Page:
The 84th Annual Meeting of the American Association of Physical Anthropologists (2015)

Estimating variance in femoral head size against body mass estimation: implications for evolution and integration


Department of Anthropology, The University of Tennessee

March 26, 2015 , Gateway Ballroom 2 Add to calendar

Auerbach and Ruff’s 2004 study showed correspondence in mechanical and morphological approaches to estimating body mass in humans. However, approximately 40% of the variance between estimations is unexplained, and small-mass groups have large femoral heads for their expected masses. Subsequent research indicates that femoral head size does not ontogenetically match body mass, but rather follows growth in femoral length (Ruff, 2007). Thus, while femoral head size mechanically relates to body mass, these prior results collectively indicate that underlying covariance between femoral length (a major component in morphological body mass estimates) and femoral head size may be driving the correspondence between the two body mass estimation methods.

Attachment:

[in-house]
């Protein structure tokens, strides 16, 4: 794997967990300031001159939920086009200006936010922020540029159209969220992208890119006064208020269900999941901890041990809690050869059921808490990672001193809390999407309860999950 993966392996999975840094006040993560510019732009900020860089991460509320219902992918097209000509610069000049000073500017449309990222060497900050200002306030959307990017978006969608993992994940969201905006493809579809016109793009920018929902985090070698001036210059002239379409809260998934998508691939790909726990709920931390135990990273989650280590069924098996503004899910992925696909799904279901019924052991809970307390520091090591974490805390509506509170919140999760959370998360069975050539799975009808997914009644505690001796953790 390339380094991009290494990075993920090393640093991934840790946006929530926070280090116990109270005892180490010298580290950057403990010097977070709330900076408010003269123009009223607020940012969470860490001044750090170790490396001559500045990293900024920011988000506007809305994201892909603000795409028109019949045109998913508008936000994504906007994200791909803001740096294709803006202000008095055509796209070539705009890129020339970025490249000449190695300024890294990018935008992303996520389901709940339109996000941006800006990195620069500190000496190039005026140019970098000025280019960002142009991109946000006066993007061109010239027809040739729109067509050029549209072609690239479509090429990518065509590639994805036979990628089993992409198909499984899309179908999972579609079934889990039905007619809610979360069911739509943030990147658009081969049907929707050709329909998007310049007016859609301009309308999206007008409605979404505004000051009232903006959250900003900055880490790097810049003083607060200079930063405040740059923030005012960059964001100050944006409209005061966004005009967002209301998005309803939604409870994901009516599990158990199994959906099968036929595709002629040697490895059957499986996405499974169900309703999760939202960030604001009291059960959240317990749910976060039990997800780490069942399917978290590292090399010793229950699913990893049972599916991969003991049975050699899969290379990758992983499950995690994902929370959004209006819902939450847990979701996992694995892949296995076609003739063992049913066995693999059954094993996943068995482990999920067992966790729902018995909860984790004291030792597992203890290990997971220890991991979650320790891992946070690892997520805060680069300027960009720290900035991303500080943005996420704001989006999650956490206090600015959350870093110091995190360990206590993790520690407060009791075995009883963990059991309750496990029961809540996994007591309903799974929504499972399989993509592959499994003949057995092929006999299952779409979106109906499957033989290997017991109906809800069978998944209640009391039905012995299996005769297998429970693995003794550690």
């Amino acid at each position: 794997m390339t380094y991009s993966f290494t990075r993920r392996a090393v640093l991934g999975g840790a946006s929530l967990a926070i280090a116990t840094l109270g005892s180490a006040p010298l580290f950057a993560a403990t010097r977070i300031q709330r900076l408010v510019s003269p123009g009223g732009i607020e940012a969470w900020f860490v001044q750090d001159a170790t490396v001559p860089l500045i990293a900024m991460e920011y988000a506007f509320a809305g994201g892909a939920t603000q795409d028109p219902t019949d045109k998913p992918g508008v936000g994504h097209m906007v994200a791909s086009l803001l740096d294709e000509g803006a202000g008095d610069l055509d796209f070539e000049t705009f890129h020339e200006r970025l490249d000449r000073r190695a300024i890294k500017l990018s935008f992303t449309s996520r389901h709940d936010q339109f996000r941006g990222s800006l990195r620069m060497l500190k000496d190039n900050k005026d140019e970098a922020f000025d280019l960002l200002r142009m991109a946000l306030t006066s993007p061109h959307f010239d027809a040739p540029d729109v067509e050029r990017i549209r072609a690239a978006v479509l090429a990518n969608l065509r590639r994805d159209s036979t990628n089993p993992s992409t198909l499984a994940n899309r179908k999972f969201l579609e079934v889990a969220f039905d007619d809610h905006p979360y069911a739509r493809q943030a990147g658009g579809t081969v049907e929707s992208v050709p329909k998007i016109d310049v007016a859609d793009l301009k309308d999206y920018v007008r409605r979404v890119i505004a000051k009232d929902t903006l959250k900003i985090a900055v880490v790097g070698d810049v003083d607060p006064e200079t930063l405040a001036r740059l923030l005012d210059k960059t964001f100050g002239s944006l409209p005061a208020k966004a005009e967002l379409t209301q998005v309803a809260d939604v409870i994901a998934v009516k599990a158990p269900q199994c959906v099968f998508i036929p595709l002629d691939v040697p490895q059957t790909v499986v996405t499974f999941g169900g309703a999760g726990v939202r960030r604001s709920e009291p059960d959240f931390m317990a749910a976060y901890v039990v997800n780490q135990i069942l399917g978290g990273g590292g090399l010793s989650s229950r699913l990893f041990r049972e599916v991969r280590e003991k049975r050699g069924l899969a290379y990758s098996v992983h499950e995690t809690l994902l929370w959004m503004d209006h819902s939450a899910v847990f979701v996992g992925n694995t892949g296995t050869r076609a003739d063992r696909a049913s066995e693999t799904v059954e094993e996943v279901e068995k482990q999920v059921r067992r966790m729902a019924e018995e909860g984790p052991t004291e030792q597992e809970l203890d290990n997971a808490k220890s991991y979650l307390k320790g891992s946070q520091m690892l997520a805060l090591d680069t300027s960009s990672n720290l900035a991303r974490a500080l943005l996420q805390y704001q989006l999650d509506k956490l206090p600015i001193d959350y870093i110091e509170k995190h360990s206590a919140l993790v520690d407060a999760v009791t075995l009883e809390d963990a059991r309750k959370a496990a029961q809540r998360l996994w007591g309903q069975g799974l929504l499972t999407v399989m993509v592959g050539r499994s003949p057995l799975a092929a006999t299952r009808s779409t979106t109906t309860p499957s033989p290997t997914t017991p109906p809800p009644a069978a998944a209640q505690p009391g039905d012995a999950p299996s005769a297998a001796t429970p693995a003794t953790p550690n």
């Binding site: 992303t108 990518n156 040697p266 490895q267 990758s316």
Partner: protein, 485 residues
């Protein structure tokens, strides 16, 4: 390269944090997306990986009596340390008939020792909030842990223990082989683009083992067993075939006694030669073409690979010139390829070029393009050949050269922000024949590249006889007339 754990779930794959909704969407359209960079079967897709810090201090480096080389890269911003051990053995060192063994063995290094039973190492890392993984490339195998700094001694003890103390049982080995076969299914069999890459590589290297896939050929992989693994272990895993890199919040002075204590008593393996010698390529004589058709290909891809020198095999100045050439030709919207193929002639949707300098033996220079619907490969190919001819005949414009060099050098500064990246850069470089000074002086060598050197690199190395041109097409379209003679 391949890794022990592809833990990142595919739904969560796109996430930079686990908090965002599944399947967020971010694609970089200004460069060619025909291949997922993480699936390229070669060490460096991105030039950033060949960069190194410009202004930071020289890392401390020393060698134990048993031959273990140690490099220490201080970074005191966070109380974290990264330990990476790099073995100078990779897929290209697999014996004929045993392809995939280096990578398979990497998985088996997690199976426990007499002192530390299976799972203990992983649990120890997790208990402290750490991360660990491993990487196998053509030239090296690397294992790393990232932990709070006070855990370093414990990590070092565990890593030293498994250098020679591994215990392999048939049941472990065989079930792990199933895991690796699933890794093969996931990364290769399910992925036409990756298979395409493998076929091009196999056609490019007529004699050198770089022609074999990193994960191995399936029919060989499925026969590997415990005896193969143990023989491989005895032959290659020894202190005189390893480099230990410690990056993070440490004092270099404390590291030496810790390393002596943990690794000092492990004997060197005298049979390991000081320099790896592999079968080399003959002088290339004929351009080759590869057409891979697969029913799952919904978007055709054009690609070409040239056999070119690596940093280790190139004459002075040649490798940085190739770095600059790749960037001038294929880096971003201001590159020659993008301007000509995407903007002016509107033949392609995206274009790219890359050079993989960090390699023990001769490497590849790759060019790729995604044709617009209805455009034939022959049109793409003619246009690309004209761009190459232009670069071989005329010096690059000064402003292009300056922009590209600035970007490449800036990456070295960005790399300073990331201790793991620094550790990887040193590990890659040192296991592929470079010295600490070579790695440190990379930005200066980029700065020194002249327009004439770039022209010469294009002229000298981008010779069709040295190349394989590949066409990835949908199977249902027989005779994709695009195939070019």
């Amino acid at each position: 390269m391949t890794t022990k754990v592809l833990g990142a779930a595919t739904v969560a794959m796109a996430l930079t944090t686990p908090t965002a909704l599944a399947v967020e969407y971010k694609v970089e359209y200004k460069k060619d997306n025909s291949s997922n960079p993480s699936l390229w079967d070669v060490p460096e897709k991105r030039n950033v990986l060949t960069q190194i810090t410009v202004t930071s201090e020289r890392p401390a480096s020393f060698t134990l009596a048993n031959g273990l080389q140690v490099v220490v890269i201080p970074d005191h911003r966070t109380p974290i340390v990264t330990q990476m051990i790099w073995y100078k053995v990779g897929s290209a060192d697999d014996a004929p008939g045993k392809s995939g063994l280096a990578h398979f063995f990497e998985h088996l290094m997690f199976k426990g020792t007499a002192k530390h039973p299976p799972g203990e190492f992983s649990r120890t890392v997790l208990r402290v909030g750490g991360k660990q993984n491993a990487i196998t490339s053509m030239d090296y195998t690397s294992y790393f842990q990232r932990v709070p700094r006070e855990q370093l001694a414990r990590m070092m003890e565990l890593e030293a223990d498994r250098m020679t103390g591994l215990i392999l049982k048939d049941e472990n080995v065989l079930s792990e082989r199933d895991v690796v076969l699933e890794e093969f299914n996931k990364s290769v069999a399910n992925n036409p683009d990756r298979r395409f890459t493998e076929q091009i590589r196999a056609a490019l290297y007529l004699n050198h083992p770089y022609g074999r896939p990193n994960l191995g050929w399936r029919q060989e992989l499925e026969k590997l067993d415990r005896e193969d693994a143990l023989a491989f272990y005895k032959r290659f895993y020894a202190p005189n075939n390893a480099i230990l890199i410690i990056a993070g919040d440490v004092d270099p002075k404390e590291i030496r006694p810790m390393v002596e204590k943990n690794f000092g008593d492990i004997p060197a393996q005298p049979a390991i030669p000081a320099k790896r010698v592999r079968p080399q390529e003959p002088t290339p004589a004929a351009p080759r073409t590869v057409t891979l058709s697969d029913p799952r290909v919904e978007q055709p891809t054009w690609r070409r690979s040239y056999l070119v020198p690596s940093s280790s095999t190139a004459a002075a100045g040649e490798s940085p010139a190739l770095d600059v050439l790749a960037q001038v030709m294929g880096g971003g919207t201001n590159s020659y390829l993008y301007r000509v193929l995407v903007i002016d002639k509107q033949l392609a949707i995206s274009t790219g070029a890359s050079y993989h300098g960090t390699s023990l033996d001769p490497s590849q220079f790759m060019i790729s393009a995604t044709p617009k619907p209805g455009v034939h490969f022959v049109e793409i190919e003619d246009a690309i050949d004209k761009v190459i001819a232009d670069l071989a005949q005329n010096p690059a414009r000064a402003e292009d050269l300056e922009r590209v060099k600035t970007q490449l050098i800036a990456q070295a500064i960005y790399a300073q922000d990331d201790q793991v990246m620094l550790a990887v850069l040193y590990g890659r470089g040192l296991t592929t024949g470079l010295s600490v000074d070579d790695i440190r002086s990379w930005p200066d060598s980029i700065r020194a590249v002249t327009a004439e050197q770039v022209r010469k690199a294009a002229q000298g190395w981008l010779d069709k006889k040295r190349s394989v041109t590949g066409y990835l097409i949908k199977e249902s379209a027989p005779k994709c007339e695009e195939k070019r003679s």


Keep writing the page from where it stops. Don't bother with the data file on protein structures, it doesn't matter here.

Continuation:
Here, resampling methods are used to compare variance in femoral head diameter (FHD) within groups against morphological body mass estimates (MorBMEs) and femoral lengths (FMLs). In each of 20 groups in the Goldman Data Set, mean FHDs MorBMEs, and FMLs, standardized by the dimension, were calculated from subsamples for 1000 iterations. The distributions of these were then compared using parametric methods. Results show that the distributions of FHDs significantly differ from MorBMEs, and that the differences between the distributions of these dimensions are stochastic among groups. In contrast, FHD distributions are not consistently different from FML distributions. Femoral head size varies independently of MorBMEs within groups, while FHD and FML are less independent. MorBME, then, may correspond well with FHD body mass estimates largely due to covariance between the femoral dimensions. Further implications for morphological integration and evolution among small-mass human groups are considered.

Funding from the Joanna Jackson Goldman Memorial Prize and National Science Foundation DDRIG BCS#0550673